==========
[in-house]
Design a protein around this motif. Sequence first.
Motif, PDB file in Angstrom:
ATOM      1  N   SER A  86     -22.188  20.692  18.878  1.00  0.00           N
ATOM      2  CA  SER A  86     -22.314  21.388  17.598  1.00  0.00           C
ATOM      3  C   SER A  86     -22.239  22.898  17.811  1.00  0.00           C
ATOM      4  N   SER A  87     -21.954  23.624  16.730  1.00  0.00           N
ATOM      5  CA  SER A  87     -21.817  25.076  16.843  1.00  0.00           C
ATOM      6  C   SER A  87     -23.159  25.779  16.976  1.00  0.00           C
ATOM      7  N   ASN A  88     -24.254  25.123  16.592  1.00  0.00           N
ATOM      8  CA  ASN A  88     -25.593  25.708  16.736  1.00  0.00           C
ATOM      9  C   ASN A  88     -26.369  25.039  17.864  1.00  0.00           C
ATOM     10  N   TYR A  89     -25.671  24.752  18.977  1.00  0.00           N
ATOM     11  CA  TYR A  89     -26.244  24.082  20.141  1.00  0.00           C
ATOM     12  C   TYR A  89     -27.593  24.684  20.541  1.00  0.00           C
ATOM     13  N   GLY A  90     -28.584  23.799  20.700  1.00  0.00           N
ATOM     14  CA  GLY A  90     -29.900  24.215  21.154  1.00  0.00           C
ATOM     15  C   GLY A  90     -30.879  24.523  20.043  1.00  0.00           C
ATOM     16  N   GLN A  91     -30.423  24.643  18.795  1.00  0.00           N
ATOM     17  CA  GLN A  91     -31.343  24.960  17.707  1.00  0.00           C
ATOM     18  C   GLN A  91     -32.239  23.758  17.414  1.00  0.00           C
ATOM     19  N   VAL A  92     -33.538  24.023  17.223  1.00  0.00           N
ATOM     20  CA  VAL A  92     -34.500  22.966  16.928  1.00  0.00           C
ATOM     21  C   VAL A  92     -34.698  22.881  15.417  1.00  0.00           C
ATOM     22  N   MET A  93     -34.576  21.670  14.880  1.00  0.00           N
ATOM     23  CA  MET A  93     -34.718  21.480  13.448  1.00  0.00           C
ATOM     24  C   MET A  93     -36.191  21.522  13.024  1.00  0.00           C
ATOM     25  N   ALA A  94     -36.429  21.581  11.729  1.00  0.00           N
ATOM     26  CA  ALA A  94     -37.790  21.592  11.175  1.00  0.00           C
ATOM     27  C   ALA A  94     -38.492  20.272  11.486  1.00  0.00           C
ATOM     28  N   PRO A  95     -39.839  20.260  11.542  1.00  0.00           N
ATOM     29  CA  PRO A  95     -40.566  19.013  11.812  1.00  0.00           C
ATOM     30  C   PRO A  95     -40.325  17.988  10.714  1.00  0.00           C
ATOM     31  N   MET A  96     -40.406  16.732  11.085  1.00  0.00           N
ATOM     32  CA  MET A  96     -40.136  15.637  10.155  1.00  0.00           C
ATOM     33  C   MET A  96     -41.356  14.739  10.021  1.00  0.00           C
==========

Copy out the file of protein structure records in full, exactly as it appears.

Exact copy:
[in-house]
Design a protein around this motif. Sequence first.
Motif, PDB file in Angstrom:
ATOM      1  N   SER A  86     -22.188  20.692  18.878  1.00  0.00           N
ATOM      2  CA  SER A  86     -22.314  21.388  17.598  1.00  0.00           C
ATOM      3  C   SER A  86     -22.239  22.898  17.811  1.00  0.00           C
ATOM      4  N   SER A  87     -21.954  23.624  16.730  1.00  0.00           N
ATOM      5  CA  SER A  87     -21.817  25.076  16.843  1.00  0.00           C
ATOM      6  C   SER A  87     -23.159  25.779  16.976  1.00  0.00           C
ATOM      7  N   ASN A  88     -24.254  25.123  16.592  1.00  0.00           N
ATOM      8  CA  ASN A  88     -25.593  25.708  16.736  1.00  0.00           C
ATOM      9  C   ASN A  88     -26.369  25.039  17.864  1.00  0.00           C
ATOM     10  N   TYR A  89     -25.671  24.752  18.977  1.00  0.00           N
ATOM     11  CA  TYR A  89     -26.244  24.082  20.141  1.00  0.00           C
ATOM     12  C   TYR A  89     -27.593  24.684  20.541  1.00  0.00           C
ATOM     13  N   GLY A  90     -28.584  23.799  20.700  1.00  0.00           N
ATOM     14  CA  GLY A  90     -29.900  24.215  21.154  1.00  0.00           C
ATOM     15  C   GLY A  90     -30.879  24.523  20.043  1.00  0.00           C
ATOM     16  N   GLN A  91     -30.423  24.643  18.795  1.00  0.00           N
ATOM     17  CA  GLN A  91     -31.343  24.960  17.707  1.00  0.00           C
ATOM     18  C   GLN A  91     -32.239  23.758  17.414  1.00  0.00           C
ATOM     19  N   VAL A  92     -33.538  24.023  17.223  1.00  0.00           N
ATOM     20  CA  VAL A  92     -34.500  22.966  16.928  1.00  0.00           C
ATOM     21  C   VAL A  92     -34.698  22.881  15.417  1.00  0.00           C
ATOM     22  N   MET A  93     -34.576  21.670  14.880  1.00  0.00           N
ATOM     23  CA  MET A  93     -34.718  21.480  13.448  1.00  0.00           C
ATOM     24  C   MET A  93     -36.191  21.522  13.024  1.00  0.00           C
ATOM     25  N   ALA A  94     -36.429  21.581  11.729  1.00  0.00           N
ATOM     26  CA  ALA A  94     -37.790  21.592  11.175  1.00  0.00           C
ATOM     27  C   ALA A  94     -38.492  20.272  11.486  1.00  0.00           C
ATOM     28  N   PRO A  95     -39.839  20.260  11.542  1.00  0.00           N
ATOM     29  CA  PRO A  95     -40.566  19.013  11.812  1.00  0.00           C
ATOM     30  C   PRO A  95     -40.325  17.988  10.714  1.00  0.00           C
ATOM     31  N   MET A  96     -40.406  16.732  11.085  1.00  0.00           N
ATOM     32  CA  MET A  96     -40.136  15.637  10.155  1.00  0.00           C
ATOM     33  C   MET A  96     -41.356  14.739  10.021  1.00  0.00           C